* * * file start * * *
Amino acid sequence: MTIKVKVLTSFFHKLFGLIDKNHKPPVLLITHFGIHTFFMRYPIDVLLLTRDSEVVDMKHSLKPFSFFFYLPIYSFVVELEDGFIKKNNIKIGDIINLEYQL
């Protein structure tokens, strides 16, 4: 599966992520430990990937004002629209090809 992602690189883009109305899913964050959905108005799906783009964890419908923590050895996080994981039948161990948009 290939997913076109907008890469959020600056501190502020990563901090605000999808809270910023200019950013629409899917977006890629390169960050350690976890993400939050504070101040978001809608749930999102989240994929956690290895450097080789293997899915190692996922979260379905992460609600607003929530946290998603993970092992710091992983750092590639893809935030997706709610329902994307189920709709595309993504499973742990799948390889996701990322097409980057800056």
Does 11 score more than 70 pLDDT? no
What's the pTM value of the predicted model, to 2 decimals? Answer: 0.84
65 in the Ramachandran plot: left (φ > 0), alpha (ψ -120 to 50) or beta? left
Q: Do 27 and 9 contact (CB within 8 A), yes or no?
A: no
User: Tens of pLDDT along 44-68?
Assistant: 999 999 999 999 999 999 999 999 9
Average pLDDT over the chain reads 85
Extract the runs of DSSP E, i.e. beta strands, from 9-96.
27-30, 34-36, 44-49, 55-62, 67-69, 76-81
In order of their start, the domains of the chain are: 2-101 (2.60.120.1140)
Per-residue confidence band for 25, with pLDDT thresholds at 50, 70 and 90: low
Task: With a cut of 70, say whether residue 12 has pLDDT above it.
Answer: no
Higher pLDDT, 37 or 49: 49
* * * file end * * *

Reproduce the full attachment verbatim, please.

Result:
Amino acid sequence: MTIKVKVLTSFFHKLFGLIDKNHKPPVLLITHFGIHTFFMRYPIDVLLLTRDSEVVDMKHSLKPFSFFFYLPIYSFVVELEDGFIKKNNIKIGDIINLEYQL
């Protein structure tokens, strides 16, 4: 599966992520430990990937004002629209090809 992602690189883009109305899913964050959905108005799906783009964890419908923590050895996080994981039948161990948009 290939997913076109907008890469959020600056501190502020990563901090605000999808809270910023200019950013629409899917977006890629390169960050350690976890993400939050504070101040978001809608749930999102989240994929956690290895450097080789293997899915190692996922979260379905992460609600607003929530946290998603993970092992710091992983750092590639893809935030997706709610329902994307189920709709595309993504499973742990799948390889996701990322097409980057800056």
Does 11 score more than 70 pLDDT? no
What's the pTM value of the predicted model, to 2 decimals? Answer: 0.84
65 in the Ramachandran plot: left (φ > 0), alpha (ψ -120 to 50) or beta? left
Q: Do 27 and 9 contact (CB within 8 A), yes or no?
A: no
User: Tens of pLDDT along 44-68?
Assistant: 999 999 999 999 999 999 999 999 9
Average pLDDT over the chain reads 85
Extract the runs of DSSP E, i.e. beta strands, from 9-96.
27-30, 34-36, 44-49, 55-62, 67-69, 76-81
In order of their start, the domains of the chain are: 2-101 (2.60.120.1140)
Per-residue confidence band for 25, with pLDDT thresholds at 50, 70 and 90: low
Task: With a cut of 70, say whether residue 12 has pLDDT above it.
Answer: no
Higher pLDDT, 37 or 49: 49